The United States District Court for the Southern District of Ohio has, for the first time, recognized animals as legal persons in the country, according to a press statement from the Animal Legal Defense Fund.
The hippos in question live in Colombia’s Magdalena River and are descended from four animals Pablo Escobar formerly held as part of his private zoo.
Since Escobar’s death in 1993, other animals in that zoo, rhinoceroses, elephants, and giraffes, have been transported to more suitable habitats, but the hippos were left alone and have thrived in the area.
The hippos, which are native to Africa, become plaintiffs in a 2020 lawsuit made against the Colombian government, which intends to slaughter approximately 100 of them due to their proliferation and intrusion into adjacent settlements.
To give more humane alternatives to death, including sterilization, the Animal Legal Defense Fund, on behalf of the hippo plaintiffs, filed an application in the Colombian litigation to depose two wildlife experts with experience in nonsurgical sterilization who reside in Ohio.
Judge Karen L. Litkovitz of the United States District Court for the Southern District of Ohio recognized hippos as legal persons last week in order to allow them to benefit from a specific statute.
According to the release, this U.S. statute allows anybody who is an “interested person” in a foreign action to petition a federal court for authority to take expert depositions in the U.S. in aid of a foreign case. Animals are recognized as legal parties in Colombian court proceedings.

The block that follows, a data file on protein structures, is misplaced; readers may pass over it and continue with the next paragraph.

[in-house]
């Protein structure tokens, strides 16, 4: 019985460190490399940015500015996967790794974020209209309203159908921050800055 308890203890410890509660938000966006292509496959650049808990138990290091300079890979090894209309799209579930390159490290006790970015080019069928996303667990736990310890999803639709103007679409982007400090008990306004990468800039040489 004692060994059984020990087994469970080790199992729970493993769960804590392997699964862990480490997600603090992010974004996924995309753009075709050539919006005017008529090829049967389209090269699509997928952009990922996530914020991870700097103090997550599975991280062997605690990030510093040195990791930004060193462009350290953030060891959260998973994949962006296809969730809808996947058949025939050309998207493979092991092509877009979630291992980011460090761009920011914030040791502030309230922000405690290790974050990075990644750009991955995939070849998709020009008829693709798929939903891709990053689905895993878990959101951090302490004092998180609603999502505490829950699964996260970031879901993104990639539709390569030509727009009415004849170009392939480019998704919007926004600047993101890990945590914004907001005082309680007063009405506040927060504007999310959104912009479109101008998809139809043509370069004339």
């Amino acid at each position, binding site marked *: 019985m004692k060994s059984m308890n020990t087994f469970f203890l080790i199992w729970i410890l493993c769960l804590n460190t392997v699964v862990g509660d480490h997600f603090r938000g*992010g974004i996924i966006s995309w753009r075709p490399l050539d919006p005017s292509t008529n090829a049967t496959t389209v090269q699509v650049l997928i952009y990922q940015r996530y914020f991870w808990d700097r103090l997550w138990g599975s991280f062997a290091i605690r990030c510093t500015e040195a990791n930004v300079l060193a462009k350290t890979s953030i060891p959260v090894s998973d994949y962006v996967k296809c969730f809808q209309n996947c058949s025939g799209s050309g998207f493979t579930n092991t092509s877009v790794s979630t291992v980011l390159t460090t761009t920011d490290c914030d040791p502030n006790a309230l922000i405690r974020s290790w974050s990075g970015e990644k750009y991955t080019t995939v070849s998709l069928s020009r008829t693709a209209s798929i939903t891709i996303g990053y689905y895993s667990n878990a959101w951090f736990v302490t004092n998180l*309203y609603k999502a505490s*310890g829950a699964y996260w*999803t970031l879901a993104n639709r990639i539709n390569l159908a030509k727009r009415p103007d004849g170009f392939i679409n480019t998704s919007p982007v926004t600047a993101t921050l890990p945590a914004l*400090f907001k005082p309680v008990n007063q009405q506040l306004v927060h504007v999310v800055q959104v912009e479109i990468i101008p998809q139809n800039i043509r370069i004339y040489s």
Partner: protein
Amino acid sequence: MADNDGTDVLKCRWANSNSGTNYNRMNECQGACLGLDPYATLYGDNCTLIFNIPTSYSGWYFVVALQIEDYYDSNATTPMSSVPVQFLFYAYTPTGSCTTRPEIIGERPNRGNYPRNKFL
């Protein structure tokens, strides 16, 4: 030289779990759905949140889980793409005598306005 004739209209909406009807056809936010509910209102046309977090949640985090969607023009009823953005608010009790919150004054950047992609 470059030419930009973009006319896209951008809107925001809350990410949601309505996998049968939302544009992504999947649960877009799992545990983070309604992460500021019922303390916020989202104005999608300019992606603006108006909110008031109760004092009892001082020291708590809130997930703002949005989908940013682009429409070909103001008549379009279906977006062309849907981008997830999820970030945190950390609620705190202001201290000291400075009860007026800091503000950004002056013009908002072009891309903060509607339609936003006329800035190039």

The District Court’s decision is the first time in the United States that this recognition has been extended to an animal.
“Animals have the right to be free from cruelty and exploitation, and the failure of U.S. courts to recognize their rights impedes the ability to enforce existing legislative protections,” Animal Legal Defense Fund executive director Stephen Wells said in a statement.
“The court’s order authorizing the hippos to exercise their legal right to obtain information in the United States is a critical milestone in the broader animal status fight to recognize that animals have enforceable rights.”
Wildlife experts Dr. Elizabeth Berkeley of Animal Balance and Dr. Richard Berlinski of Animal Balance provided testimonies that will be used to build support for a contraceptive that would prevent the hippopotamuses from proliferating without slaughtering them.
However, a CBS News article on the topic stated that the legal action would have no effect in Colombia.
“The ruling has no impact in Colombia because they only have an impact within their own territories. It will be the Colombian authorities who decide what to do with the hippos and not the American ones,” said Camilo Burbano Cifuentes, a criminal law expert at Colombia’s Universidad Externado.